A graphic designer in Kansas City, Missouri, is cashing in on Steamboat Willie’s trek into the public domain in a very inspiring way–by taking inspiration from the visionary genius of the man behind the legendary mouse and honoring him like never before.
In late 2021, Disney fans became keenly aware of an important date looming in the future: January 1, 2024. That’s the day that Disney would finally, once-and-for-all, lose its copyright to Walt Disney’s very first iteration of Mickey Mouse, called Steamboat Willie.
Originally created by Walt Disney in 1928, the very first version of Mickey Mouse starred in three animated shorts that year: Plane Crazy, The Gallopin’ Gaucho, and Steamboat Willie. But it was the third animated short that made animation history by being the first-ever cartoon to feature animation with synchronized music and sounds.
Copyright Expiration Loomed in the 1980s
In the 1980s, when Disney’s copyright to the steamboat captain Mickey was approaching its expiration date, Disney lobbied Congress in the hopes of being granted a copyright extension and succeeded. But 95 years after the little mouse was first created, there was no hope of extending those rights yet again.
On January 1 of this year, it became apparent that many had been lying in wait for the main mouse, as the first days following Disney’s copyright expiration were full of announcements about a new horror video game and a new horror film, each featuring Steamboat Willie as their main character.
But one creator immediately jumped on the public domain status of Mickey for a completely different reason–to honor Walt Disney and his history in Kansas City, Missouri.
The Thank You Walt Disney Organization
The Thank You Walt Disney non-profit organization is based in Missouri and exists to preserve Walt Disney’s history in Kansas City, Missouri, as well as to provide a place for art and animation study, while encouraging individuality among artists.
One of the organization’s main focuses is the building that housed Walt Disney’s very first studio–the Laugh-o-Gram Studio–which was located on the second floor of the McConahay Building in Kansas City, at 1127 East 31st Street.
Walt Disney’s Laugh-o-Gram Studio
The studio operated in that location from June 28, 1921, to October 16, 1923. And if that date in October looks familiar, it’s because October 16, 1923 is the day The Walt Disney Company was officially begun, more than 100 years ago.
During the dawn of animation, many of the earliest pioneers of animation called Laugh-o-Gram their home, each one brought to the studio by Walt Disney himself. Inside the building, Mickey Mouse was first brought to animated life by Disney and his partner and animator Ub Iwerks.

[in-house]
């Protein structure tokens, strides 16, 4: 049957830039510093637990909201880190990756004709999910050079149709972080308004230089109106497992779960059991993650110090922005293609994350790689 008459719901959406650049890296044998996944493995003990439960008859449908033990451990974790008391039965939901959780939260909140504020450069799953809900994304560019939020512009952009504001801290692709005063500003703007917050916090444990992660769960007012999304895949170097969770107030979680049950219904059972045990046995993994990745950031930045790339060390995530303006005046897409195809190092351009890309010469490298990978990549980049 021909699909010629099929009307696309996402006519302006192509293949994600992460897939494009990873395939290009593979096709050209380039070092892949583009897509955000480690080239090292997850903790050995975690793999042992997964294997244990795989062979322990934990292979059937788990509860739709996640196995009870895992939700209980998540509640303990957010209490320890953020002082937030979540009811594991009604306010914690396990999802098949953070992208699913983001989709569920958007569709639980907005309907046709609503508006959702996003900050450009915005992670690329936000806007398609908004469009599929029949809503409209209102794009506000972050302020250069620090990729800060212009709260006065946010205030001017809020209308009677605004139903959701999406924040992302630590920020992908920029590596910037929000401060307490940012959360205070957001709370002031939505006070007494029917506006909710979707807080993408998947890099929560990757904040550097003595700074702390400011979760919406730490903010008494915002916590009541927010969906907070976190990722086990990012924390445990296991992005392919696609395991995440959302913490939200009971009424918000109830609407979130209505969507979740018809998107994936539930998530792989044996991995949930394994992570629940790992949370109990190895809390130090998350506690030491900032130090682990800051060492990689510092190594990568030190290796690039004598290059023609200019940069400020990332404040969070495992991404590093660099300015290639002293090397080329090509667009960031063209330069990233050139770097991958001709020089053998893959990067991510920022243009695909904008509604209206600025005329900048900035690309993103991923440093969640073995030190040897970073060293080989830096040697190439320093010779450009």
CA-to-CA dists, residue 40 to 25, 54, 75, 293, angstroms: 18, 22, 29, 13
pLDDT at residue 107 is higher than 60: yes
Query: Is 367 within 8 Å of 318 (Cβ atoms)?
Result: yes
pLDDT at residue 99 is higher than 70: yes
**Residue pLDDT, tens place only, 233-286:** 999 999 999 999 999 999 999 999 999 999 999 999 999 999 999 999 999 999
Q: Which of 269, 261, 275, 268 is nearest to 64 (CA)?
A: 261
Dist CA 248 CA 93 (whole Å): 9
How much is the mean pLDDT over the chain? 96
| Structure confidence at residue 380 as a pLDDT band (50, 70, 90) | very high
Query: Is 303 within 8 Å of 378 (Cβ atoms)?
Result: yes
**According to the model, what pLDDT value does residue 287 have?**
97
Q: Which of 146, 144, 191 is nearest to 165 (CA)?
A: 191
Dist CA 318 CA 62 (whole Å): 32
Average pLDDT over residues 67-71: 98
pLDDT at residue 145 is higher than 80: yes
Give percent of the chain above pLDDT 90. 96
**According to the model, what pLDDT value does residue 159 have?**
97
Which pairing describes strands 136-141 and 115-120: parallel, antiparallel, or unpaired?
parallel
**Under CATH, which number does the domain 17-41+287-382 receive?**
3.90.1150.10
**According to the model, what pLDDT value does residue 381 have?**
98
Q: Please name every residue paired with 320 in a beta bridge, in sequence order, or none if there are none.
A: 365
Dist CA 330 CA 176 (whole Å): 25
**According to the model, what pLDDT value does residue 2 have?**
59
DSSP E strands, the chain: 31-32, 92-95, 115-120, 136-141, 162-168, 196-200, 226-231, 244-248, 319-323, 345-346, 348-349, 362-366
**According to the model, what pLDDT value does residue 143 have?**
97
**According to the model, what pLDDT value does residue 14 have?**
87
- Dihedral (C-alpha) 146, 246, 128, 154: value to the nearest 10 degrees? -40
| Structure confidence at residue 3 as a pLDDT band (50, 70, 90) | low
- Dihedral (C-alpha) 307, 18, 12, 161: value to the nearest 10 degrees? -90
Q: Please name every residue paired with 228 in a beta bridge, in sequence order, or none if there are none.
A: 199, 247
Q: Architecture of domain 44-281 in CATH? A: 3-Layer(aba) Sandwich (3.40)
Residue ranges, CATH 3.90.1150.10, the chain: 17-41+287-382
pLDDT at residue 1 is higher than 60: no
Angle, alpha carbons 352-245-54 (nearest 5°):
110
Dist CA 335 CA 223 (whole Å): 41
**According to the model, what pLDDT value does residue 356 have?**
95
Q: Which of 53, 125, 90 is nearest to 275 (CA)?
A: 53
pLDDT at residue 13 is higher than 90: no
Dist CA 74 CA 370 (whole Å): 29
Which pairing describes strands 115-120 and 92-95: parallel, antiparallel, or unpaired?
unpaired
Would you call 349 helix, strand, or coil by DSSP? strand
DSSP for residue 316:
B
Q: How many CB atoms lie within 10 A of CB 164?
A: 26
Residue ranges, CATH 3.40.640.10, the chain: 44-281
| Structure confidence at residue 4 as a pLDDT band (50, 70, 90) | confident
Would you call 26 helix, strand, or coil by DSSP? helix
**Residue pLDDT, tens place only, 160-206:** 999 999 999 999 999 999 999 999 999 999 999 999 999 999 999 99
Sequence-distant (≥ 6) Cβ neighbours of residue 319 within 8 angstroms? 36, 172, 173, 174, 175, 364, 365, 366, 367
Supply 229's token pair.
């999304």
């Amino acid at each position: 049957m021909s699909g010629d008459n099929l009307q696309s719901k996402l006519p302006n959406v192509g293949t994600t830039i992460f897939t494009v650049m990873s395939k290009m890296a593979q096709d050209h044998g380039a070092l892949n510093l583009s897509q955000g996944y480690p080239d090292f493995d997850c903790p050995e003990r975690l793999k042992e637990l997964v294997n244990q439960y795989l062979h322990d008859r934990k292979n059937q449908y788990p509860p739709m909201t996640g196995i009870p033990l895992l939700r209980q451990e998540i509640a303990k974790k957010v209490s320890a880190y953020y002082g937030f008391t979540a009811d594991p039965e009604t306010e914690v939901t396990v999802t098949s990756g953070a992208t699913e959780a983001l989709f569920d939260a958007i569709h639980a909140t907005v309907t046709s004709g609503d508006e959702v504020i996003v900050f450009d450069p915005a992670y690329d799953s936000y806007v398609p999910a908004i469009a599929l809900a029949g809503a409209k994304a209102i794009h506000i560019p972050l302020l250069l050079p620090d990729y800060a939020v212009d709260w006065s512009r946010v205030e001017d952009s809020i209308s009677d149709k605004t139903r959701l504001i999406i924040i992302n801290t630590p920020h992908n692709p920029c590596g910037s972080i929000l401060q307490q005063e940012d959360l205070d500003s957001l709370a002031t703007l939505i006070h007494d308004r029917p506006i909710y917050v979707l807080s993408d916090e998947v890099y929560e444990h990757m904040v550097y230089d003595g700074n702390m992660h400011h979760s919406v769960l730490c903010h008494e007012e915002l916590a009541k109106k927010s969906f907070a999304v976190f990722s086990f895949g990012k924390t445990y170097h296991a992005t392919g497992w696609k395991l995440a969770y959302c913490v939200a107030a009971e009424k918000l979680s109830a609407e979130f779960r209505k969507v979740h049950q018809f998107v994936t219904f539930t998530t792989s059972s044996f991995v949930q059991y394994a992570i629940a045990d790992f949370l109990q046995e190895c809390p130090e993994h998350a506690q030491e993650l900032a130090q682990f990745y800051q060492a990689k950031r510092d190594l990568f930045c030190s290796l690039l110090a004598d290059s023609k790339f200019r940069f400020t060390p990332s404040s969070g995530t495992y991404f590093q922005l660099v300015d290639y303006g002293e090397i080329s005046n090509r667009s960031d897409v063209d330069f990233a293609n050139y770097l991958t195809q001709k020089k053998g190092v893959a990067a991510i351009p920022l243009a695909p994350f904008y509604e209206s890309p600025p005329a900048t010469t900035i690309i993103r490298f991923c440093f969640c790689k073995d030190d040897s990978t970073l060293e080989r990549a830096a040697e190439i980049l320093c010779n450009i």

The president of the Thank You Walt Disney organization, Dan Viets, says there’s a reason the public immediately welcomed Walt Disney’s little mouse into their hearts.
“The public immediately embraced Mickey Mouse because it was the first cartoon to successfully synchonize the action on the screen with sound effects and music,” explained Dan Viets, president of the Thank You Walt Disney organization. “It is very important. The foundation of The Walt Disney Company is the Laugh-o-Gram building.”
Because Walt’s first studio was located in the town, Kansas City, Missouri is often referred to as “the cradle of The Walt Disney Company.” And many of the more than 508,000 residents of Kansas City today are Disney fans–many of whom are well-versed in the Disney history that’s so vibrant in their town.
Bringing Mickey Mouse Back “Home”
“We had to bring it home to Kansas City, right where it started,” explained graphic artist Joe Brynds, who is part-owner of a company whose name also has ties to a major Disney franchise–Pirates of the Caribbean.
The company, called Commandeer Brand, specializes in “alternative apparel” with a Kansas City twist, and after January 1, when Disney’s copyright on Steamboat Willie expired, Brynds knew he needed to give Mickey a proper send-off–or perhaps a “welcome back home.”
“The spirit of our company is one of adventure–one that Walt would certainly identify with,” Brynds said.
Brynds designed a shirt featuring Steamboat Willie at the wheel of his boat. The designs includes the words “Kansas City, Home of the Mouse.” The shirt design is available on short-sleeved t-shirts and long-sleeved sweatshirts, and both adult and youth sizes are available.
Kansas City residents are proud of the Walt Disney history in their city and are working hard to preserve it. (And at least the project isn’t a Mickey-themed horror flick!)
To view the t-shirt on Commandeer Brand’s website or to purchase Steamboat Willie apparel, visit the company website by clicking here.